Clay Shirky on Social Structure in Social Software


Clay Shirky is giving the final talk of the morning. Clay was the subject of some controversy during the conference caused by this article in the Register. Tim O'Reilly bit back saying He got a complaint from a speaker who didn't get included, and made that complaint the basis for a rant. He didn't talk to anyone at O'Reilly. He didn't make any effort to get background or hear the other side. He wrote a flame, not a story. I told Tim that I'm not surprised at all. Anyway, here's what he said...

Clay defines "social software" as software that supports group interaction. This is a radical concept given that most of the technology patterns prior to the Internet were point to point or broadcast. The best group interaction technology was the kitchen table. Clay's premise this morning is that social software is its own worst enemy.

W. R. Bion did research with groups of neurotics. He discovered that, as a group, the neurotics were taking actions that defeated efforts to help them. They were not acting individually, but there was not clear group consensus. Bion concluded that humans are fundamentally individuals and fundamentally parts of groups. Kind of like the wave-particle dynamic for electrons. Clay gives an example:

You're at a party and you're bored, but you don't leave. This is different than from a book store, etc. if you get bored -- you usually leave. That social stickiness is what Bion is speaking of. However, when one person leaves then everyone leaves. This triggering event (Gladwell's tipping point) pushes group over to action "Paradox of groups"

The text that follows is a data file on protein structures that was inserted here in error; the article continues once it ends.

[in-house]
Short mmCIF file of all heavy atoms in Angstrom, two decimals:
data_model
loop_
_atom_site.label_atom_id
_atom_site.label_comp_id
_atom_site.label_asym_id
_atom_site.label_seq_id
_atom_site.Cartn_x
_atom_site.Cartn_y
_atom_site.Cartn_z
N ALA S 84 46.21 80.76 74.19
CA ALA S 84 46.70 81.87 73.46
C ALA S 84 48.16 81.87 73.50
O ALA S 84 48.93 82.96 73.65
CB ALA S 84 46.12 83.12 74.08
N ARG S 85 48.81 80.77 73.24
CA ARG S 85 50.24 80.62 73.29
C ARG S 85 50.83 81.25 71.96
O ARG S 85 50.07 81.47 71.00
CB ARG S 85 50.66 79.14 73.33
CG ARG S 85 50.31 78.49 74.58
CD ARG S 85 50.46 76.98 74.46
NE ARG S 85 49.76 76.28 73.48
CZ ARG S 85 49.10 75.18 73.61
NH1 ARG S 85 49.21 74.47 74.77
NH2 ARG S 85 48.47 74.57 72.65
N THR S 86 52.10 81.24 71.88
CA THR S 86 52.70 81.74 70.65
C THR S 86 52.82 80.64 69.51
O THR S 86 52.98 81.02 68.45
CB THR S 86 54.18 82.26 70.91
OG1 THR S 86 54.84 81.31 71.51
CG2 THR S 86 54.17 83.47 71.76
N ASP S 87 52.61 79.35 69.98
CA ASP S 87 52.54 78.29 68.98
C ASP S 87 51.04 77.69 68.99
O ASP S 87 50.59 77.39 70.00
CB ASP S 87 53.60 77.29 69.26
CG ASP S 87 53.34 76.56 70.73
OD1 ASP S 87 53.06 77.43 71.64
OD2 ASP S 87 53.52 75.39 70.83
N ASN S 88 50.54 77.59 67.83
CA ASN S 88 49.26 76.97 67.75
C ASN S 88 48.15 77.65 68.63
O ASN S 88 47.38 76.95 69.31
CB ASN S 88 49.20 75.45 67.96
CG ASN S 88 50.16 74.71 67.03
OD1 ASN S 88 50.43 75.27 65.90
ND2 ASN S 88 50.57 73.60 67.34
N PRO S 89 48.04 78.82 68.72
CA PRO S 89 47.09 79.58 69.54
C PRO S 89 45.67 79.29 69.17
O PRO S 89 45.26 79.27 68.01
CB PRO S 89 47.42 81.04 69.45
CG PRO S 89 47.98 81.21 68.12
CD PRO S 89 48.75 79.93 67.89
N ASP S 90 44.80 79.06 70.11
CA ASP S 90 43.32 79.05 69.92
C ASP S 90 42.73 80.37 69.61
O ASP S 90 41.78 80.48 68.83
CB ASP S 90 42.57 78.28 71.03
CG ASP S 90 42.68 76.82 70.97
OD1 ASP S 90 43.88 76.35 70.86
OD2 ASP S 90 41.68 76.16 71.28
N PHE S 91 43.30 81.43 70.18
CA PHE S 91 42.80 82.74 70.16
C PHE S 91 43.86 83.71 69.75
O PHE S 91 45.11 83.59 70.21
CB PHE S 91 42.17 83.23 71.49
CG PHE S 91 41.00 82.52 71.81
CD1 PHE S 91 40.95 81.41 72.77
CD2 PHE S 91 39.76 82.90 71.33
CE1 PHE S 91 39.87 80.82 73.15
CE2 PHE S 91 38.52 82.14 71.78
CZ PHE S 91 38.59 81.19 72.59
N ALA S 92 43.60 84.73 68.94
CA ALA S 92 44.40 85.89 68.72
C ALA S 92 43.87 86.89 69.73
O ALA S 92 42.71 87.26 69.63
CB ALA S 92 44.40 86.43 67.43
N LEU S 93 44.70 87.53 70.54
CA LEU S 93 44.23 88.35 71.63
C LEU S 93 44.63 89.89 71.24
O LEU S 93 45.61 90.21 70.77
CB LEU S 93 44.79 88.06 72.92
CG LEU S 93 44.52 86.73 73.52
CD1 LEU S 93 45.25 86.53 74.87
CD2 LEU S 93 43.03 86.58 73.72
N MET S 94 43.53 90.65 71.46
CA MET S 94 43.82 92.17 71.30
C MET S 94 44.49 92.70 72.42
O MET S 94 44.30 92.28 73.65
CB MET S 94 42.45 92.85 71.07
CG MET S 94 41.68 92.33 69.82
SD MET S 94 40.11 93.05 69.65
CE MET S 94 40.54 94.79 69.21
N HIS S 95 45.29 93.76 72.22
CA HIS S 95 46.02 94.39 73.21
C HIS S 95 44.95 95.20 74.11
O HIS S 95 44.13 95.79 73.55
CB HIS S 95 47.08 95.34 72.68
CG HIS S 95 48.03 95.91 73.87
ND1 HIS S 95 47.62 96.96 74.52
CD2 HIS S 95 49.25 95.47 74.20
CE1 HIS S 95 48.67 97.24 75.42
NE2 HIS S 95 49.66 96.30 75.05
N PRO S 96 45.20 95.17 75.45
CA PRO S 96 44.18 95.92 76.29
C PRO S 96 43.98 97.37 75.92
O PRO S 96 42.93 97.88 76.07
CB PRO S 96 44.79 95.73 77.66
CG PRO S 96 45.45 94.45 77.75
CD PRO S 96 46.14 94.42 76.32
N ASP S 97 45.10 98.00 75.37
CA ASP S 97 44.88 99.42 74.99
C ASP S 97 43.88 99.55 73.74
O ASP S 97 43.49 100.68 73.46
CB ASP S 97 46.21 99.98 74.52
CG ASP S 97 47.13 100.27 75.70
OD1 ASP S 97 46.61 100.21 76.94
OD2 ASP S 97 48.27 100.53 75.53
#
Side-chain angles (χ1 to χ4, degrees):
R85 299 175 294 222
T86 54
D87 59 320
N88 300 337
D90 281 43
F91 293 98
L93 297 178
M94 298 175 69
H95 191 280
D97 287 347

Bion identified some specific patterns of group interaction:

  1. sex talk done for the purpose of flirting or pairing.
  2. identification and vilification of external enemies
  3. religious veneration Nomination and worship of an icon ("cult of clay"). Putting something beyond critique.

Group rules like Robert's Rules of Order protect groups from falling into these patterns and thus protect the group from itself. Clay gives an example of BBS systems in the 1970's that started out as "open access" and "freedom of speech" were "overrun" by teenage boys who wanted to talk about bathroom jokes, sex, etc. The group didn't have enough structure to fend off these "attacks" on the group. This was a social issue, not a technological issue. "An attack from within is the pattern that matters."

Clay just said "they formed a government because they needed a government." I think this is an important point. Groups of all sizes need not only rules, but meta-rules (like a constitution). The probability that any unmoderated group will get into a flame war over whether to have a moderator approaches one as time increases. Small groups can engage in patterns of interaction that large groups can't. We are now getting interesting ways (RSS, chat, etc) to experiment with this, and ways to do the experiments quickly and cheaply. When you lower cost, interesting new things happen.

We're seeing an explosion of social software. Clay asks "why now?"